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  1. #1
    Join Date
    Apr 2013

    Do you know of any literary created names?

    Shakespeare created the names Miranda and Imogen. Jonathan Swift created Vanessa. Sir James Barrie invented Wendy. I love the idea of these names being so intrinsically connected to literature.

    Do you know of any others that were created specifically for use in literature (I'm not going to count Renesmee )
    Mommy to one amazing Allegra Valentine, born May 2014.

    Current name crushes: Daphne, Allegra, Rosalie, Minerva, Alistair, Jules, Ellington, Caspar

  2. #3
    Join Date
    Jun 2012
    A lot of LoTR names are literary inventions, such as Eowyn, Aragorn and Legolas. Arwen, though, actually has Welsh origins.

    Katniss is another choice, although it is also a plant.
    ~lucy reine~
    ~ celestine eira ~ mary simona ~ elizabeth echo "ellie" ~ eleanor maeve "lena" ~ vivienne isla ~ celia matilda "cici" ~ catherine aiko "rin" ~ elsa verity ~
    ~ jasper red ~ evander lachlan 'evan'~ kai nicholas ~ ezra link ~ avery thomas ~ michael satoshi "mischa" ~ finn jeremias ~ ezekiel hayden ~ alexander rowan "sacha" ~
    guilty pleasures
    ~ tisiphone aria ~ alecto elpis ~ miya lucida ~ addison matteo ~ corinthian tidus ~

  3. #5
    Join Date
    Apr 2013
    ▼ Winterfell ▼
    I had no idea those names were invented in literature. The names that come to mind are some from the A Song of Ice and Fire series by George R.R. Martin: Sansa, Daenerys, Rhaegar, Jaehaerys, Aegon, Aerys, Rhaegal, Stannis, Renly, Gendry, Selyse, Viserys, etc.

    Those names aren't exactly popular so I'm not sure if that's what you're looking for. Although I love Sansa and Renly and would consider using them.

    I googled "names invented by writers" and these came up: Fiona, Jessica, Pamela, Cedric, Coraline, and Sabrina
    “A reader lives a thousand lives before he dies. The man who never reads lives only one.”
    -George R.R. Martin

    alyssa ϟ twenty-one ϟ usa ϟ name lover

    If I ever have a baby, I would name him or her:
    Charlotte Matilda |Augustus Henry

    Anastasia Louise, Clara Penelope, Amelia Caitlin / Aiden James, Jase Alexander, Renly Isaac

  4. #7
    Join Date
    Feb 2012
    I have read that the name Cora was invented by James Fenimore Cooper for the last of the mohicans
    Raquel-22 year old who loves names, books, and languages

    Ladies: Catherine Isabella,Helena Margaret, Clara Josephine, Amelia Juliet, Louisa Genevieve, Eva Rosalind, Rose Caroline, Edith Lenore, Charlotte Rosamund, Eleanora Winter, Marina Adelaide, Emmeline Margot
    Gentlemen: Frederick Arthur, Nicholas Hugo, Henry Oliver, William Grey, Matthew Isaiah, Thomas Alaric, George Everett, Edmund Tobias, Asher (?)

  5. #9
    Join Date
    May 2012
    Araminta-Considered a coinage of either Sir John Vanbrough or William Congreve, who both used the name in their writing around the same time. This may suggest that it was a name before their use of it.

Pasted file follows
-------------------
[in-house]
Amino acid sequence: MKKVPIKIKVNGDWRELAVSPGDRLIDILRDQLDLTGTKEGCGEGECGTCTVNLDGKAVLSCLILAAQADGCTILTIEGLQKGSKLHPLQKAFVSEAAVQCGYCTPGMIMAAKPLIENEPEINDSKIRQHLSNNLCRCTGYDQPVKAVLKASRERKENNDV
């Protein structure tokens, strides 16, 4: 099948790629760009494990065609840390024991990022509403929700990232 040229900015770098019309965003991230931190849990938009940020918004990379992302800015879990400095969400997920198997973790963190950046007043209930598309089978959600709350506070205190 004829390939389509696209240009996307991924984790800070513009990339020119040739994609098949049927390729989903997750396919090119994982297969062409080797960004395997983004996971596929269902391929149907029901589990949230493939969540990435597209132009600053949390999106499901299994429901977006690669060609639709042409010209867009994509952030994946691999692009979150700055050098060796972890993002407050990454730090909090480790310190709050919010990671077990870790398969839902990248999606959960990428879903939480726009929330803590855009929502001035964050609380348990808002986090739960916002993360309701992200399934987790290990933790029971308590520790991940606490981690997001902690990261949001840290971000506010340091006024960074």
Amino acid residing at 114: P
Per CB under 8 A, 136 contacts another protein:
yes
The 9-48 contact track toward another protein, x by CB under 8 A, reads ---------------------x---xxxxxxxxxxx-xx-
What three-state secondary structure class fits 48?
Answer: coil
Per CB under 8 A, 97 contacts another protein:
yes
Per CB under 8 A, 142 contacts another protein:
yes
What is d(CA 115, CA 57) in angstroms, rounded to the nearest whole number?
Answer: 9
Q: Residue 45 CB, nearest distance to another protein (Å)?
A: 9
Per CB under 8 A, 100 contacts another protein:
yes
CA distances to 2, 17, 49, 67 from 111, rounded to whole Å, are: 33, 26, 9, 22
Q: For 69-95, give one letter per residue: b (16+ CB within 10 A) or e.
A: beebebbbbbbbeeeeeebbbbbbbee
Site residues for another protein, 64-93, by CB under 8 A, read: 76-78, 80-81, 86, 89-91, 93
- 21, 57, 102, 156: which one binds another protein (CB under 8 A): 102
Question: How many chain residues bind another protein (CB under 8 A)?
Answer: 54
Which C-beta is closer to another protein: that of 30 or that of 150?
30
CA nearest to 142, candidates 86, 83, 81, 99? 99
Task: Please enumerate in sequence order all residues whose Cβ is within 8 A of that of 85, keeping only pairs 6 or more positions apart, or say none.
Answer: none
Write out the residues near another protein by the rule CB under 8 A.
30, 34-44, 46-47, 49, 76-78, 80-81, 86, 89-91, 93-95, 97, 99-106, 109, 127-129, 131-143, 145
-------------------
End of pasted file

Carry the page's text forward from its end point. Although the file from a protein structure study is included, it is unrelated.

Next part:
Fiona-Invented by Scottish poet James MacPherson in the 1700s. Possibly his translation of the Gaelic name Fionn.
    Jessica-First found in this form as a character in Shakespeare's the Merchant of Venice. Perhaps inspired by the biblical name Iska.
    Pamela-Invented by Sir Phillip Sidney for his character in 'The Countess of Pembroke's Arcadia' May have been a combination of the Greek words for all and honey
    Perdita-Another Shakespearian creation, taken from the Latin word perditus 'lost' and used for the heroine of his play "The winter's tale"
    Evangeline-First used by Henry Wadsworth Longfellow for his poem "Evangeline" Evangeline comes from the Greek Eu-angela (Good News)
    Charmaine - It was first invented for a 1924 play "What Price Glory?" by Maxwell Anderson and Laurence Stallings
    Clea- Invented by author Lawrence Durrell for a character in his famous "Alexandria Quartet" (1958)

    Cedric-Invented by Sir Walter Scott for his novel Ivanhoe, this name may have been a misread of Cerdic. Which is much less attractive than Scott's version of the name.
    Orville-Invented by writer Fanny Burney, who may have been trying to create a name that meant Gold City French (Or-Gold) (Ville-City)
    Percival-A name created by the poet Chrétien de Troyes for his poem Perceval, the story of the grail. A story based on Arthurian legend
    Caspian-Although this name was likely inspired by the Caspian Sea, it was first used as a given name by C.S. Lewis for a character in "The Chronicals of Narnia"
    Dorian-First used by Oscar Wilde for his famous novel "The Picture of Dorian Gray

    Copied and pasted from a website, but a lot of these I really like! Especially Dorian, Caspian, and Fiona
    Olivia/Livia/Livy/Liv : Thessaly/Darah/Bethel : Noelle/Eve
    Benedict/Eli: Jude/Zane: Luke/Darius : Levi/Phineas/Calvin

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